Both sides agreed there has been some progress in delivering aid shipments to civilian neighborhoods under siege by Syrian government troops and their allies.

A U.S. statement added that humanitarian groups need immediate access to additional areas, and that future deliveries should be “sustained and unimpeded.”

The Syrian rebel coalition known as the High Negotiations Committee met in Saudi Arabia Saturday and condemned Russia’s military action supporting the Damascus government. The coalition said Russia has “shown disdain for the international community and disregard for the lives of Syrians.”

U.S. Secretary of State John Kerry, second from left, speaks with Jordanian Foreign Minister Nasser Judeh, second from right, before a bilateral meeting in Amman, Jordan, Feb. 21, 2016.
U.S. Secretary of State John Kerry, second from left, speaks with Jordanian Foreign Minister Nasser Judeh, second from right, before a bilateral meeting in Amman, Jordan, Feb. 21, 2016.
Russia’s airstrikes have been blamed for increasing the war’s toll on Syrian civilians, prompting more of them to leave their homes as refugees and try to flee across the border into Turkey.

Russia’s UN request rejected

Moscow has complained that Turkey is about to send ground forces into Syria, and it called for Security Council action to block that at an emergency meeting Friday.

Other Security Council members rejected Russia’s draft resolution, and Turkey’s U.N. ambassador said his country would only take such a direct role in Syria if it was backed by the United Nations.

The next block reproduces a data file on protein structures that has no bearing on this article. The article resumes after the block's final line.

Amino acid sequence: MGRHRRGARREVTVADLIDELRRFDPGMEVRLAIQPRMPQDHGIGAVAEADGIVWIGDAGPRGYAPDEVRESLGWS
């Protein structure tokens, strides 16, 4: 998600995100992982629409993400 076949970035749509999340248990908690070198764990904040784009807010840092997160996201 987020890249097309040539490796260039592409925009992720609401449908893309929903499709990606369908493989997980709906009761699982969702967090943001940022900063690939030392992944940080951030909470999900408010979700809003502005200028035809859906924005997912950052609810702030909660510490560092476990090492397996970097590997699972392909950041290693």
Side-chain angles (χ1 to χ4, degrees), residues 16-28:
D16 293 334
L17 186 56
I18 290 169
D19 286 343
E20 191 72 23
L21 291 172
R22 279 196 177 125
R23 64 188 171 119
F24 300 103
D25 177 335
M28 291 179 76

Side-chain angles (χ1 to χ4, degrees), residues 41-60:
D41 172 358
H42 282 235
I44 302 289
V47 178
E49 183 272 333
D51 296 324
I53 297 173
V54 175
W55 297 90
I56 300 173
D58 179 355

Russia’s proposal to the Security Council did not mention Turkey by name, but its intent was clear. It strongly condemned cross-border shelling into Syria and what Russia says is an unrestricted flow of “terrorist” fighters and illegal weapons shipments into the country.

Syria’s President Bashar al-Assad speaks to Spanish newspaper El Pais in Damascus, Feb. 20, 2016.
Syria’s President Bashar al-Assad speaks to Spanish newspaper El Pais in Damascus, Feb. 20, 2016.
Syria’s main opposition group agreed to the “possibility” of a temporary truce Saturday while harshly criticizing Russia for failing to hold to a temporary agreed-upon cease-fire.

The High Negotiations Committee, a Saudi-backed coalition of Syrian opposition groups, issued a statement saying Russia had shown “disdain for the international community and disregard for the lives of Syrians.” The groups agreed on the possibility of a deal if the United Nations could guarantee a cease-fire and the delivery of humanitarian aid.

The statement followed Russia’s call for an urgent meeting of the U.N. Security Council to discuss its concerns that Turkey may be planning to send ground troops into Syria.

The Russian delegation presented a one-page draft resolution that would have condemned such a move. It also “strongly” condemned cross-border shelling, the flow of terrorist fighters and the illegal movement of weapons from Syria’s “neighbors.”